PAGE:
Ethiopia will start work on three more industrial parks that will play a "critical role" in the country’s bid for economic take-off on the back of its textile industry.
The developments, which are to begin before next July, are in are Aysha and Semera, near the Djibouti border and Assosa, next to the Sudanese border.
Lelise Neme, chief executive of the Ethiopia Industrial Parks Development Corporation (IPDC), told the Xinhua news agency that the three parks were expected to play a "critical role in Ethiopia’s plan to transform its still largely agrarian economy into an industrialized one by 2025, using the textile and garment sector as a key component".
The announcement follows another in September, which said a further four would be built in Jimma, Adama, Arerti, and Dire Dawa.
In addition to these manufacturing facilities, four agro-industrial parks are being developed to capture more value from Ethiopia’s farming output. These are to be built in the north eastern regions of Amhara, Oromia, Tigray and SNNPR.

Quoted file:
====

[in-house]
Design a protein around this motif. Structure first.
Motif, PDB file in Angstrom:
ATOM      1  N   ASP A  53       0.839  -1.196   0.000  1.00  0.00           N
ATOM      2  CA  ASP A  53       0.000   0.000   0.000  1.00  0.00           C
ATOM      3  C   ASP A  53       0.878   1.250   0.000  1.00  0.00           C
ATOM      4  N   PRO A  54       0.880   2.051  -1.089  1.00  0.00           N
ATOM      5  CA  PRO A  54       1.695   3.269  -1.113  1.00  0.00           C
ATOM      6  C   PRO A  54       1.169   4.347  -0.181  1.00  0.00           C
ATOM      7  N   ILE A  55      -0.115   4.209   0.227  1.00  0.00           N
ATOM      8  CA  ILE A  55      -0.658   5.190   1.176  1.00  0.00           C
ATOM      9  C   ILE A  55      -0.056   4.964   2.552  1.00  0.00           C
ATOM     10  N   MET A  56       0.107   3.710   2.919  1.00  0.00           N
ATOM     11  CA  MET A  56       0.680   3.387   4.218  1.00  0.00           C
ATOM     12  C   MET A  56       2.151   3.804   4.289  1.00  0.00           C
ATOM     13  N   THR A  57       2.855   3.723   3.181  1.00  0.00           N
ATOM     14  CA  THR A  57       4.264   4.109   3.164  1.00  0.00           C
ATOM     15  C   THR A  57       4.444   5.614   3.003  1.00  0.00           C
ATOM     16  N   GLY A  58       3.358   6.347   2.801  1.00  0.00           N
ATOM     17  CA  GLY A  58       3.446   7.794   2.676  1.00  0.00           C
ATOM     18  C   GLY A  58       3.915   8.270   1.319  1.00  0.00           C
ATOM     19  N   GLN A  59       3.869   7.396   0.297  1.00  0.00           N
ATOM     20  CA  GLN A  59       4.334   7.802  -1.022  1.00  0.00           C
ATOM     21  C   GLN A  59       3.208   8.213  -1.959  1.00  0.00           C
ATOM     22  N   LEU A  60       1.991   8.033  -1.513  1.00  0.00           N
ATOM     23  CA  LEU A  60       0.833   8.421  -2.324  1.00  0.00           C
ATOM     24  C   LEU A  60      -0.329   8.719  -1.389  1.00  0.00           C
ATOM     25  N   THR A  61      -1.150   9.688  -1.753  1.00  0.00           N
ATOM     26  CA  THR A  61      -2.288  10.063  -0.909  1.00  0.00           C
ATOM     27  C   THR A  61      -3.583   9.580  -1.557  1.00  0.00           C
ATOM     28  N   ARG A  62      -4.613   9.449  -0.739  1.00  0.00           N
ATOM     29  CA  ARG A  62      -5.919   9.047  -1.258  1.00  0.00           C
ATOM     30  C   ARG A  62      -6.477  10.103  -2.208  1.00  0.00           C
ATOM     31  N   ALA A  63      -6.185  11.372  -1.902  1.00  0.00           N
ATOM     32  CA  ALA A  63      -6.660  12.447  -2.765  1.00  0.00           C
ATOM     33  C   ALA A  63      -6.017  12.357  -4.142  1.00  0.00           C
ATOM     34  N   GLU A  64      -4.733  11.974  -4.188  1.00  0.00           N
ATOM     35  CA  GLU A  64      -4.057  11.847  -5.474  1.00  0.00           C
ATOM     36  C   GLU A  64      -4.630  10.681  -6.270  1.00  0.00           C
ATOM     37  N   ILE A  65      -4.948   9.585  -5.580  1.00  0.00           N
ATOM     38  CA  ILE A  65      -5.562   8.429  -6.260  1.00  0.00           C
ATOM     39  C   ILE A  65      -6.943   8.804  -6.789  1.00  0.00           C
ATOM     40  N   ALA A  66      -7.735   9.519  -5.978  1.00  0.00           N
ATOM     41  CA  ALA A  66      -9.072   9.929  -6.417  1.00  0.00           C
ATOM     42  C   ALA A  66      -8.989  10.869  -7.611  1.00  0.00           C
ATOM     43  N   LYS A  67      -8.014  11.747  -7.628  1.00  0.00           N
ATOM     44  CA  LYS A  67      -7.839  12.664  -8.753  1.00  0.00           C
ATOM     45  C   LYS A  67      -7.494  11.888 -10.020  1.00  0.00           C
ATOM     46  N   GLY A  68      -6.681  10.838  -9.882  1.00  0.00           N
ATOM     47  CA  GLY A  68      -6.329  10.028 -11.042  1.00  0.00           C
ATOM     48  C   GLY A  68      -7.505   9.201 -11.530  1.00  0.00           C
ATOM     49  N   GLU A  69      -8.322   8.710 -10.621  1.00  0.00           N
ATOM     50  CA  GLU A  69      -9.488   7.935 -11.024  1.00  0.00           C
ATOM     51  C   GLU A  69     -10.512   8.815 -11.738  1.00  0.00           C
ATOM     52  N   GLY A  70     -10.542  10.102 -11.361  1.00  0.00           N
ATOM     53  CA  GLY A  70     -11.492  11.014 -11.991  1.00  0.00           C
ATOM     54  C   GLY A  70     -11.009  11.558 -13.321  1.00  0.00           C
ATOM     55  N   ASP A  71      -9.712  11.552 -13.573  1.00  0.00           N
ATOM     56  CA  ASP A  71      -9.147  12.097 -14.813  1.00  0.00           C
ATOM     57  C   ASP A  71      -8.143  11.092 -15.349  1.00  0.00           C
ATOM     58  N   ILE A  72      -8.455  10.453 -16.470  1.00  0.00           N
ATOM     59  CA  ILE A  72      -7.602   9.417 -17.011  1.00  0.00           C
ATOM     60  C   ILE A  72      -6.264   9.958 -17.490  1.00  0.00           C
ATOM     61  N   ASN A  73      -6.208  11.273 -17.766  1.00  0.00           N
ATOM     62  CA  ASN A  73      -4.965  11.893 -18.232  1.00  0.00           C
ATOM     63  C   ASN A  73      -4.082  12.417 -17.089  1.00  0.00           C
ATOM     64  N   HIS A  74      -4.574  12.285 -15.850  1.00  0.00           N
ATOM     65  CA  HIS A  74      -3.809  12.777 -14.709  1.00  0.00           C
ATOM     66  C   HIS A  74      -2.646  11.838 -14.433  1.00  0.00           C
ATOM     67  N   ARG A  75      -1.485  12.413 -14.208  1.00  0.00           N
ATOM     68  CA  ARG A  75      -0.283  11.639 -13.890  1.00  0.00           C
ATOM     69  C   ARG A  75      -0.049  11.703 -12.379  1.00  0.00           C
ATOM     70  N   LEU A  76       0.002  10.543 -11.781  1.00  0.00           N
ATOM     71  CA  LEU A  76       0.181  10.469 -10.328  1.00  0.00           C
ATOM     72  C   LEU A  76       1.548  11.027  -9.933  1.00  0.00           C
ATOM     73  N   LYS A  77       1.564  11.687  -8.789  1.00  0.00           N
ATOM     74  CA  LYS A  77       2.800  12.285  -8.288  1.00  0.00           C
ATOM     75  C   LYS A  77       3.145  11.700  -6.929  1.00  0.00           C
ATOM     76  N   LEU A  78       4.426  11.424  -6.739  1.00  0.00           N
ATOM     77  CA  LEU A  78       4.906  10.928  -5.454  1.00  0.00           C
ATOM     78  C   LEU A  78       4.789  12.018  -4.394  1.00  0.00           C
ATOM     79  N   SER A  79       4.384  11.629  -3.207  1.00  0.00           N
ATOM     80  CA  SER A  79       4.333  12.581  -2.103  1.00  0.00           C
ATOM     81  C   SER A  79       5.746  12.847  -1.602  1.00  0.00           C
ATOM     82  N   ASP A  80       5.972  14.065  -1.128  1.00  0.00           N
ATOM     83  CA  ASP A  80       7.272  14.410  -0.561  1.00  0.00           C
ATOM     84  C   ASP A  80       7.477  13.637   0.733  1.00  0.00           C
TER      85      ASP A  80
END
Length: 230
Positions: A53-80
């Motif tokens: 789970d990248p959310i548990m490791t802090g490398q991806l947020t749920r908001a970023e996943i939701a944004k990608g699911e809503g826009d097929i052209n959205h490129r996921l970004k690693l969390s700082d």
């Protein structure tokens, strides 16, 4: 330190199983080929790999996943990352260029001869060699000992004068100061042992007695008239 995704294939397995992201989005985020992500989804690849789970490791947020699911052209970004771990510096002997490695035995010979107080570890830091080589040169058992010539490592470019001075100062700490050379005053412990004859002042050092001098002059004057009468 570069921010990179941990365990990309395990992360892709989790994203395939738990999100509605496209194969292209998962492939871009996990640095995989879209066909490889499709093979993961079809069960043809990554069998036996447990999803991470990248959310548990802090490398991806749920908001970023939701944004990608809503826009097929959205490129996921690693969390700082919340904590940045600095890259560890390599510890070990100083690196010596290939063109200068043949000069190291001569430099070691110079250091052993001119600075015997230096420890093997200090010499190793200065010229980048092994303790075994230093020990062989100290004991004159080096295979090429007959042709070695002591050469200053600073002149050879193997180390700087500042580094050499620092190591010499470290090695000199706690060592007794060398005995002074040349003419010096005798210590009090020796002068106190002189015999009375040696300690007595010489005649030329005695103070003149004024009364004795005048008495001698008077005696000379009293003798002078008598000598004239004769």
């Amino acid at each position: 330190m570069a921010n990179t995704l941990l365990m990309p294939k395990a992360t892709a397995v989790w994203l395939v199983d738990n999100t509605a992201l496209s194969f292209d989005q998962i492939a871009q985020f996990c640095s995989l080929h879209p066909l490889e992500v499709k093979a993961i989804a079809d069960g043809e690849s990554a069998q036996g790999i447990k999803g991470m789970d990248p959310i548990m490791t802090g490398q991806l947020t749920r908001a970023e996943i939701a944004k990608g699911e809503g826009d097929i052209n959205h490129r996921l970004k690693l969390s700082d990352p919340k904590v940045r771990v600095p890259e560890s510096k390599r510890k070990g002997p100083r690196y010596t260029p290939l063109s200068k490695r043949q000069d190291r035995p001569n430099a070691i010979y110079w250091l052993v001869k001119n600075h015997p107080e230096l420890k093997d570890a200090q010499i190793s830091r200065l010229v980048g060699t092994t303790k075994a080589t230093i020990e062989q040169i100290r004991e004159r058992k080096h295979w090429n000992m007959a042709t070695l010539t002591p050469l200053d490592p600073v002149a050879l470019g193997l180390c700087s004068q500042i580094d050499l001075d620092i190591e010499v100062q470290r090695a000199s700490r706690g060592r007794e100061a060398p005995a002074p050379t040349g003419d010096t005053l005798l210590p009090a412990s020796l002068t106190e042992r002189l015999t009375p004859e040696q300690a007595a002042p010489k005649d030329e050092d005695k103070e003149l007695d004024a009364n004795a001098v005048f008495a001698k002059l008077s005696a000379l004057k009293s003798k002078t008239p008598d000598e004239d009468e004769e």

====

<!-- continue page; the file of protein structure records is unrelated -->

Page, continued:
Ethiopia has based its industrialisation effort on the development of low-carbon, tax-exempt "plug & play" industrial parks along development corridors. So far, this has resulted in four operation ventures, at Bole Lemi, Hawassa, Mekele and Kombolcha (see Further reading, below, for more on these).
On Sunday (7 October), these four were joined by a fifth at Adama, about 100km southeast of Addis Ababa. This was opened by Abiy Ahmed, the prime minister of Ethiopia (pictured).
The 120ha, $150m development will host a number of international manufacturers, such as Spanish synthetic yarn specialist Antex, Hong Kong’s Charter Ventures Apparel, Jiangsu Shinshine Wool Textile of China and Kingdom Linen Ethiopia, the local subsidiary ofÂ Zhejiang Jinyuan Flax.
Ethiopia plans to increase the number of operational industrial parks from the current four to around 30 by 2025, increasing the share of the economy contributed by manufacturing from 5% to 22%.
Image: Prime Minister Abiy Ahmed opened the Adama industrial park 7 October (Fitsum Arega/Government of Ethiopia)